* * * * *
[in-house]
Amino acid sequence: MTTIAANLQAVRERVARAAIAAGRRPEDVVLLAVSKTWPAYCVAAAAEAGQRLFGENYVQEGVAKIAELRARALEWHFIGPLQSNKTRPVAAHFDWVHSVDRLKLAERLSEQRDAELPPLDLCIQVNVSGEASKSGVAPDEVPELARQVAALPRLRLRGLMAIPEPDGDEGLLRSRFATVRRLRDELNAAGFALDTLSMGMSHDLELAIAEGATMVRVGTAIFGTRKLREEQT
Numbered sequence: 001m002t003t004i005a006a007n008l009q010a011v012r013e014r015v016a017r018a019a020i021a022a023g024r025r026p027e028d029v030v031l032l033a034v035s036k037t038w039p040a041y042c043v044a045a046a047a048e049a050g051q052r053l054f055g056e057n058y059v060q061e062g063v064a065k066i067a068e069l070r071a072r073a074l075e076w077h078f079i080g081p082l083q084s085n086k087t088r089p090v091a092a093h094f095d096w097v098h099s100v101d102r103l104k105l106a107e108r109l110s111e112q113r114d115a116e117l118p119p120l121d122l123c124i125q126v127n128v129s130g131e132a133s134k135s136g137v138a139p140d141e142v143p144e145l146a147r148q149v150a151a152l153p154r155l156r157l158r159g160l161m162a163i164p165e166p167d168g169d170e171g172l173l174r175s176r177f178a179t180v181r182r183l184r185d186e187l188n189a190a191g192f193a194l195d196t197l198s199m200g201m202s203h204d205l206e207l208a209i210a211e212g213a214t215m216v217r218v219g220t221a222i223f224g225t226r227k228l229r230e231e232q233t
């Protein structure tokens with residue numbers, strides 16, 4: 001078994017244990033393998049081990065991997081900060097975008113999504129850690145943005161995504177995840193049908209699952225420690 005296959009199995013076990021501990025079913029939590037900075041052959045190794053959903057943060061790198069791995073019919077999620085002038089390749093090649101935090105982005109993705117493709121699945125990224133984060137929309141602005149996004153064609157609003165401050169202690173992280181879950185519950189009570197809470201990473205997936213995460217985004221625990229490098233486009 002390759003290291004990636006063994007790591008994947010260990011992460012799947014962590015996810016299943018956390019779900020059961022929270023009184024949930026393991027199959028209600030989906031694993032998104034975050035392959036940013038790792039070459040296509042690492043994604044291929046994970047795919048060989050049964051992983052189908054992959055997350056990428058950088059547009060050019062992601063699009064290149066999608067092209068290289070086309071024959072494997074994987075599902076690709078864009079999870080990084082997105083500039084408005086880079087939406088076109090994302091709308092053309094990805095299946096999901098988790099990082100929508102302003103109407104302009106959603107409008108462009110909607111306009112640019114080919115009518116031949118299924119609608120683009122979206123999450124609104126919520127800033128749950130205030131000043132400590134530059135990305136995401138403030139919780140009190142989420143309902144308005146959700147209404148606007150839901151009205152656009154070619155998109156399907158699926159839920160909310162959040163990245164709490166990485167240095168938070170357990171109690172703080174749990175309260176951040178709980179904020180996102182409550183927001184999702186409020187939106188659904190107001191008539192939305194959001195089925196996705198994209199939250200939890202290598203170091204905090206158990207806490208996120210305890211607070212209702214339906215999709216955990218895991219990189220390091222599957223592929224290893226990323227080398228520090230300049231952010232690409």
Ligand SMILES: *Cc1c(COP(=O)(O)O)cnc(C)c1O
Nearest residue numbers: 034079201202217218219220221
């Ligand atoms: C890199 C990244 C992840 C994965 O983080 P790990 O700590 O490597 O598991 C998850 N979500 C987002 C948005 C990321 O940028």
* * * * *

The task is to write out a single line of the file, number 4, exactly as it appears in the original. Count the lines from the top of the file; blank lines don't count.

């Protein structure tokens with residue numbers, strides 16, 4: 001078994017244990033393998049081990065991997081900060097975008113999504129850690145943005161995504177995840193049908209699952225420690 005296959009199995013076990021501990025079913029939590037900075041052959045190794053959903057943060061790198069791995073019919077999620085002038089390749093090649101935090105982005109993705117493709121699945125990224133984060137929309141602005149996004153064609157609003165401050169202690173992280181879950185519950189009570197809470201990473205997936213995460217985004221625990229490098233486009 002390759003290291004990636006063994007790591008994947010260990011992460012799947014962590015996810016299943018956390019779900020059961022929270023009184024949930026393991027199959028209600030989906031694993032998104034975050035392959036940013038790792039070459040296509042690492043994604044291929046994970047795919048060989050049964051992983052189908054992959055997350056990428058950088059547009060050019062992601063699009064290149066999608067092209068290289070086309071024959072494997074994987075599902076690709078864009079999870080990084082997105083500039084408005086880079087939406088076109090994302091709308092053309094990805095299946096999901098988790099990082100929508102302003103109407104302009106959603107409008108462009110909607111306009112640019114080919115009518116031949118299924119609608120683009122979206123999450124609104126919520127800033128749950130205030131000043132400590134530059135990305136995401138403030139919780140009190142989420143309902144308005146959700147209404148606007150839901151009205152656009154070619155998109156399907158699926159839920160909310162959040163990245164709490166990485167240095168938070170357990171109690172703080174749990175309260176951040178709980179904020180996102182409550183927001184999702186409020187939106188659904190107001191008539192939305194959001195089925196996705198994209199939250200939890202290598203170091204905090206158990207806490208996120210305890211607070212209702214339906215999709216955990218895991219990189220390091222599957223592929224290893226990323227080398228520090230300049231952010232690409």